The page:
Dr Matthew Hurles leads a research group focused on deciphering the genetic causes of severe developmental disorders, and understanding how DNA mutates as it is passed from generation to generation.
Matthew is fascinated by human genetic variation, its clinical impact, its underlying mutational origins and its potential to illuminate human prehistory.
Matthew is dedicated to applying new genetic technologies to improve the diagnosis of patients with rare genetic conditions. He believes that understanding the genetic causes of these disorders, and their underlying biological mechanisms, will give us fundamental insights into human development.
Matthew led the Deciphering Developmental Disorders (DDD) Study, a collaboration between 14,000 families with children with severe, undiagnosed developmental disorders, all 24 clinical genetic centres in the UK and Ireland, and the Wellcome Sanger Institute. His focus is bringing people together to understand the diverse genetic landscape of these disorders, and applying this knowledge to achieve improved diagnostic testing.
Matthew also led the Prenatal Assessment of Genomes and Exomes (PAGE) Study, a collaboration between pregnant mothers and their partners, a network of UK Fetal Medicine Centres caring for these pregnant women, and the Wellcome Sanger Institute, which investigated the genetic causes of developmental anomalies that are identified during prenatal ultrasound screening, with the aim of improving the prognostic information that can be provided to parents.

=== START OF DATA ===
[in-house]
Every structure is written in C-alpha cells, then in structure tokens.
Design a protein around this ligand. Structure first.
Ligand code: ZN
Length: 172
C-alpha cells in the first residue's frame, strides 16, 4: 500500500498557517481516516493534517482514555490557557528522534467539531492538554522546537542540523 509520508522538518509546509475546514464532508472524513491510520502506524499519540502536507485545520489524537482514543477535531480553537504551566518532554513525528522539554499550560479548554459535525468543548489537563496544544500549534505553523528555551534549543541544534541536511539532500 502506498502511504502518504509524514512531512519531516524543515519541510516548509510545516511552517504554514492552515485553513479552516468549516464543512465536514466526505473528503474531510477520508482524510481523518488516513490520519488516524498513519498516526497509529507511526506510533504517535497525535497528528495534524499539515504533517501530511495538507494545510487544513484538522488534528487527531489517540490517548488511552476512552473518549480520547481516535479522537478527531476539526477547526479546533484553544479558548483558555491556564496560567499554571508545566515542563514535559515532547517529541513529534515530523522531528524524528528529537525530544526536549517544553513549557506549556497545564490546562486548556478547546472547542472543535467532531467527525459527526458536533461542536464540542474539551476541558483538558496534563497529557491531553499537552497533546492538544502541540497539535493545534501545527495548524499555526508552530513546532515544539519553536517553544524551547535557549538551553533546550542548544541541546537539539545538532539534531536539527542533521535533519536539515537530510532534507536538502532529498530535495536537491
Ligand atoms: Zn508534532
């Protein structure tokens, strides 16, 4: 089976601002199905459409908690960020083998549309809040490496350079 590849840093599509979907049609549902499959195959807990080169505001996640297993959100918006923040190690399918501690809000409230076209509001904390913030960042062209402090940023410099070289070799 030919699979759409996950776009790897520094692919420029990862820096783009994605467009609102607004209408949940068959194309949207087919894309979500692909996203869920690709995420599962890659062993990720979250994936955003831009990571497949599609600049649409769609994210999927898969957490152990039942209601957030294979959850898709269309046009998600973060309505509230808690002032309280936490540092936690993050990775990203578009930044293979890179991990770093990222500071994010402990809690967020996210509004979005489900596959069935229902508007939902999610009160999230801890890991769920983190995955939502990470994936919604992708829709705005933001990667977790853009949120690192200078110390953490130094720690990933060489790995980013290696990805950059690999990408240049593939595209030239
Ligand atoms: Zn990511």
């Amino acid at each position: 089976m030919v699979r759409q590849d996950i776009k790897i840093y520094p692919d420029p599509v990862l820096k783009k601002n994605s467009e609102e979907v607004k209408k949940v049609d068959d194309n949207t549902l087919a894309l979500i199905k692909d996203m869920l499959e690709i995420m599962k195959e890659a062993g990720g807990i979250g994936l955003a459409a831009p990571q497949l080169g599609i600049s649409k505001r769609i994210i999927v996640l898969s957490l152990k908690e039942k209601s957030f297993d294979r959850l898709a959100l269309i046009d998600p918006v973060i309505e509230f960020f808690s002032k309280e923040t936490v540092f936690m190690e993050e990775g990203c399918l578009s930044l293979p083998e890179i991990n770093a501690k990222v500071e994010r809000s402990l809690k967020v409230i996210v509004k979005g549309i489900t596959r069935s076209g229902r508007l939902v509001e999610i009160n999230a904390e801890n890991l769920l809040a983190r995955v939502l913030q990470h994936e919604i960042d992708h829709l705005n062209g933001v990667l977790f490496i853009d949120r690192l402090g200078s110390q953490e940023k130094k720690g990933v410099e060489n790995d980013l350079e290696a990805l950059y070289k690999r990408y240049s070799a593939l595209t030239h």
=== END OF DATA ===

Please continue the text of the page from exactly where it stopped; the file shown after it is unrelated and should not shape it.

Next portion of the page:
The work of Matthew’s research group has been characterised by rapid adoption of new technologies for assaying genetic variation, development of novel analytical strategies for making sense of large datasets and thoughtful application of these tools for advancing our understanding of human genetic diseases. More recently, the group’s highly collaborative research has had increasing translational impact, resulting in genetic diagnoses for over a thousand children with previously undiagnosed developmental disorders, and leading to the founding of a start-up company (Congenica Ltd) to provide sustainable genetic diagnostic services to the NHS and other healthcare providers.
Matthew believes we have a moral imperative to give patients and their families the opportunity to share their genetic data anonymously, to enable them to benefit from having the greatest possible number of researchers and clinicians analysing their data. Together with Helen Firth, Matthew led the DECIPHER initiative that is enabling rare disease patients to share anonymised genetic and clinical data globally.
Matthew’s group is applying the latest technologies to edit the DNA of cells and model organisms to develop experimental models of newly identified genetic disorders that enable characterisation of the biology of the disorder, and the identification of opportunities for developing therapies.